As the field season progressed, the MIT team recorded and posted daily a record of their activities, along with a few selected photos.
The field site's logbook has been duplicated here.
July 24, 2005
Written by Matthew Silver
It was a busy Sunday at camp, with a surprise ending. A helicopter arrived in the mid morning to take Oz and Fez and Patrick out to some canyons near Thomas Lee Inlet on the North Side of Devon Island, where they spent the day collecting gypsum along the cliffs in the area. Gypsum can be found around camp but nearly all of it here was unearthed by the meteor that created Haughton Crater and it is therefore impact-fractured. Oz hopes to compare the spectrum of the non-impacted-fractured gypsum to the gypsum around here. This has implications for Mars exploration because most rock found on the Martian surface is impacted in some way shape or form. Understanding the similarities and differences between the spectrum of impacted and non-impacted gypsum can help rovers and eventually humans more accurately identify impacted rock on Mars.
It is now 8pm as I write this and the helicopter is preparing to fly the Discovery Canada film crew around the area to get video footage for their documentary. The weather could not be better for filming—no wind, sunny and warm. The documentary crew arrived by twin otter soon after the helicopter arrived. The helicopter pilot and mechanic will camp out on the airstrip and return to Resolute tomorrow.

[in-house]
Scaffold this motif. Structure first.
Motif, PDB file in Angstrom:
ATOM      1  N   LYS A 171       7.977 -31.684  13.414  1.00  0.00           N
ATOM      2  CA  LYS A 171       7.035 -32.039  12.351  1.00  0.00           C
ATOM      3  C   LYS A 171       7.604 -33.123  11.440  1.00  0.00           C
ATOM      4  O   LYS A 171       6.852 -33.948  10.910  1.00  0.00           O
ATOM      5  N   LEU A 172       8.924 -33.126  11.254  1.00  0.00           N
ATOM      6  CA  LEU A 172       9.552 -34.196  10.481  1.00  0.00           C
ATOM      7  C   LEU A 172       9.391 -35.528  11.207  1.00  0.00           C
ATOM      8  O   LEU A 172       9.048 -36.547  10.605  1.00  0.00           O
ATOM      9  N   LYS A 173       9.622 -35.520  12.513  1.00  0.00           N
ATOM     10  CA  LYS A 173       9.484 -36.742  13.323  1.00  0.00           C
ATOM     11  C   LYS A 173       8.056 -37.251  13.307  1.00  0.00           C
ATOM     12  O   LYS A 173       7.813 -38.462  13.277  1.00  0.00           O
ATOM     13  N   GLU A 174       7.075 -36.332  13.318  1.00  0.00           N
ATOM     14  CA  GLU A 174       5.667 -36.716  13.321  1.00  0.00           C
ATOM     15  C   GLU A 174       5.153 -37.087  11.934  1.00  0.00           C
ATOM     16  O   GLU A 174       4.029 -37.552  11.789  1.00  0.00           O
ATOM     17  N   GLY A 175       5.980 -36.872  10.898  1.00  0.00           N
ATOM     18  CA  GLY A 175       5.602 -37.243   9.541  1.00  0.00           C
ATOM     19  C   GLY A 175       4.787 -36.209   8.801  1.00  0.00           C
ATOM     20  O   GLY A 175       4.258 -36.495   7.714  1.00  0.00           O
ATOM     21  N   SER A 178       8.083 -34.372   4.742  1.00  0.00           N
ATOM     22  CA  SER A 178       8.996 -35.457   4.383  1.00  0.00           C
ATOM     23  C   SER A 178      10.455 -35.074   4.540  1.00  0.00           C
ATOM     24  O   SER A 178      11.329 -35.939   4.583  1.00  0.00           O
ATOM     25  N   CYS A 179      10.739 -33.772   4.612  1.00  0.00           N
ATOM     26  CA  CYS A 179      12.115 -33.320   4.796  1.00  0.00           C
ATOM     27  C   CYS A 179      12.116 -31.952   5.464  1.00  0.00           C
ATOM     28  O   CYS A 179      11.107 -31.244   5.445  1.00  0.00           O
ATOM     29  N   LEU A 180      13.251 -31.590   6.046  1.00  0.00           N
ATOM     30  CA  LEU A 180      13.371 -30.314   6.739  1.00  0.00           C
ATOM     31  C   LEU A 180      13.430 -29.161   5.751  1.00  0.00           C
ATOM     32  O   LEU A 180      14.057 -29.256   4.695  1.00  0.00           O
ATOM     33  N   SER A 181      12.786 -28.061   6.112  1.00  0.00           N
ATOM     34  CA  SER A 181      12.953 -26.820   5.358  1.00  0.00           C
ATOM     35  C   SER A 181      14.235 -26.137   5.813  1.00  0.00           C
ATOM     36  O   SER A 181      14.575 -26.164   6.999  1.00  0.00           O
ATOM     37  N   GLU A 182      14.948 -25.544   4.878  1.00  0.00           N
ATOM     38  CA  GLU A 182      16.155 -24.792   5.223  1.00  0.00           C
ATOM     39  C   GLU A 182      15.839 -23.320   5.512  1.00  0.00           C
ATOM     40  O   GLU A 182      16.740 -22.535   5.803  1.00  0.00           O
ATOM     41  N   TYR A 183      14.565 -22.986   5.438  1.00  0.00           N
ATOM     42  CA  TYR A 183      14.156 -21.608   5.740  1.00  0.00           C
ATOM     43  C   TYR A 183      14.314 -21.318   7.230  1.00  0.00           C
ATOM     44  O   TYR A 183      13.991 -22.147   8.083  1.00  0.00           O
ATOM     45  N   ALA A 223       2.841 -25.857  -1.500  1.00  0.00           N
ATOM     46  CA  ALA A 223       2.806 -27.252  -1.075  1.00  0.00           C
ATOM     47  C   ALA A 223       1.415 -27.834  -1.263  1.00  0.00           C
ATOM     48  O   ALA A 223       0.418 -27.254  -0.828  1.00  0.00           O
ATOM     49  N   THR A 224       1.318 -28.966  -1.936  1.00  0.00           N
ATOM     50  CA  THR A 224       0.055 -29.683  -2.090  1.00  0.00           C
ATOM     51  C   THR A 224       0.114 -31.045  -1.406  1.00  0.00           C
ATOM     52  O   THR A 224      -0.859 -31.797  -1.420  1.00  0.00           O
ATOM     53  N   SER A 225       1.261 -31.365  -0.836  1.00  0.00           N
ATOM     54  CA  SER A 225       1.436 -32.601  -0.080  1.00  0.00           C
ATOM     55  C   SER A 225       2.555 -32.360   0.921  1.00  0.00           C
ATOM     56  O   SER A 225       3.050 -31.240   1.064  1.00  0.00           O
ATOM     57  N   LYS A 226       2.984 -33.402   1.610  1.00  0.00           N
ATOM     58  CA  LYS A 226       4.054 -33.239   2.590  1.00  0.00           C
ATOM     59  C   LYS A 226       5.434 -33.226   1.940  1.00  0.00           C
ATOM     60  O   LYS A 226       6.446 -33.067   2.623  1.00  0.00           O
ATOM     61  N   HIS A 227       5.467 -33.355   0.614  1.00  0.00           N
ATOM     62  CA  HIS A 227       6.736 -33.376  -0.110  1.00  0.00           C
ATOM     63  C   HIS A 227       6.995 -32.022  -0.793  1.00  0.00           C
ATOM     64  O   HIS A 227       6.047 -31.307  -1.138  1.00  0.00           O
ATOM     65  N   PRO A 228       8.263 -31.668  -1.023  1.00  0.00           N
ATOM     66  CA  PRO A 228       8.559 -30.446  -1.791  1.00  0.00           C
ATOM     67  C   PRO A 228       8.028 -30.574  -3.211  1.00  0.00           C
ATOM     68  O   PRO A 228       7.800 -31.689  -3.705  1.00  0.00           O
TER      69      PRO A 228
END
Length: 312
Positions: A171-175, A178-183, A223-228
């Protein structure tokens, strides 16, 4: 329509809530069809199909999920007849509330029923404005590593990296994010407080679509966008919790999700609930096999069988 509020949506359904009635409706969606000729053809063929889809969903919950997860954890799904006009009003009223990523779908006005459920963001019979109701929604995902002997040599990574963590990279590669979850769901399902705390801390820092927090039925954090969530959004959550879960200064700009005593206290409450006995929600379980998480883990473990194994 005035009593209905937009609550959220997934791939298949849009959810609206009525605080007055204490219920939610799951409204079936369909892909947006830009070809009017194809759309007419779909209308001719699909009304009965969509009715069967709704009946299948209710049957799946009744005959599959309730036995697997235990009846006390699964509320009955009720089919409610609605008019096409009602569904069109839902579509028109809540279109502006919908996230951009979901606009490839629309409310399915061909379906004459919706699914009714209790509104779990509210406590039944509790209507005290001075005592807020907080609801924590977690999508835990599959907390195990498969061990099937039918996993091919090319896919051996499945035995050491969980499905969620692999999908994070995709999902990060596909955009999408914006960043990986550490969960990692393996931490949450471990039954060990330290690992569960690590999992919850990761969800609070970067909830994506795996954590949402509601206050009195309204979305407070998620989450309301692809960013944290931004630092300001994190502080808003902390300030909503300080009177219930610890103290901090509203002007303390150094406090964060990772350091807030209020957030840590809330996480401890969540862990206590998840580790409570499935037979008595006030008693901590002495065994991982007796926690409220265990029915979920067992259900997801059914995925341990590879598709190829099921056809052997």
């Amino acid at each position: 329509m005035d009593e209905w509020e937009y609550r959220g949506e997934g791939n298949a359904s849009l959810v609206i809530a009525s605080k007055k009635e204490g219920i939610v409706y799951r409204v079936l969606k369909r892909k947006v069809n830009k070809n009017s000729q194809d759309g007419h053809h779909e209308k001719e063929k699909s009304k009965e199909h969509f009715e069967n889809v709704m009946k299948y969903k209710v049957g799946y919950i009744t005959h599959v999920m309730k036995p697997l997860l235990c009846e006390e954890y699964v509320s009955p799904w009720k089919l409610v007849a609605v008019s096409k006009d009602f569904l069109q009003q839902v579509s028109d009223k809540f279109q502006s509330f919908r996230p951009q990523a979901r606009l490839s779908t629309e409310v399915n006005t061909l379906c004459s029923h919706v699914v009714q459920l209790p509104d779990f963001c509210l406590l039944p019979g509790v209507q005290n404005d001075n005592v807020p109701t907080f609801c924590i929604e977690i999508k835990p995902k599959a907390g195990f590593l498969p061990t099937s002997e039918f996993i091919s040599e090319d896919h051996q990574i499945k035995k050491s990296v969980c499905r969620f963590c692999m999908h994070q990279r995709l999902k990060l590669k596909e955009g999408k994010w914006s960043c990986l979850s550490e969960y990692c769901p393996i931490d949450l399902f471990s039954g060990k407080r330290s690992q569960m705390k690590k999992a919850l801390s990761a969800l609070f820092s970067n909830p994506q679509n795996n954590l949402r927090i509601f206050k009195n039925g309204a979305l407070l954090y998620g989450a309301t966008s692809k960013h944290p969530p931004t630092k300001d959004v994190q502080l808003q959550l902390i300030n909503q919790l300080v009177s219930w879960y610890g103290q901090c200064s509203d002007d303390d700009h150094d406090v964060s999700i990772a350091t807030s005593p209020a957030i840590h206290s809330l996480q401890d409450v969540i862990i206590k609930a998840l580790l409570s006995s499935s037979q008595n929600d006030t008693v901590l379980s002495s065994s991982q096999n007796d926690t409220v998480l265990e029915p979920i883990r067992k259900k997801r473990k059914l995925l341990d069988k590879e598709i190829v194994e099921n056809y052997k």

Amidst this action, Sarah and Jaemyung continued the previously started inventory by labeling and tagging all the items in the MIT tent. Mike and Matt put the finishing touches on the RFID experiments to ensure that they will collect data through the end of camp. This included setting up the antennas permanently on Airport road and at the entrance to the MIT tent, tagging and recording all the ATVs and checking the applications for bugs.
Near the end of the day Pascal offered two flights on the helicopter to Mike and Matt when it went to pick up Fez and Oz. Needless to say we were both really excited by the chance to take an hour long ride over the barren arctic island. The flight was truly amazing. The pilot flew low through deep canyons, pointing out waterfalls, grey-colored breccia rock caused by the meteor impact and other interesting landforms. Oz and Fez were waiting for the helicopter on the top of a small mountain because Fog had accumulated in the valley below. While waiting, they built a large Inukshuk on the mountain. Needless to say it was an incredible opportunity, and we thanked Pascal for thinking of us. We trust that Sarah and Jaemyung, who graciously let us take the spots, will come upon similar opportunities as the good weather continues. Sarah is currently on an ATV traverse to the Georgia Tech mars-drill sites.
Below are four pictures of the helicopter ride: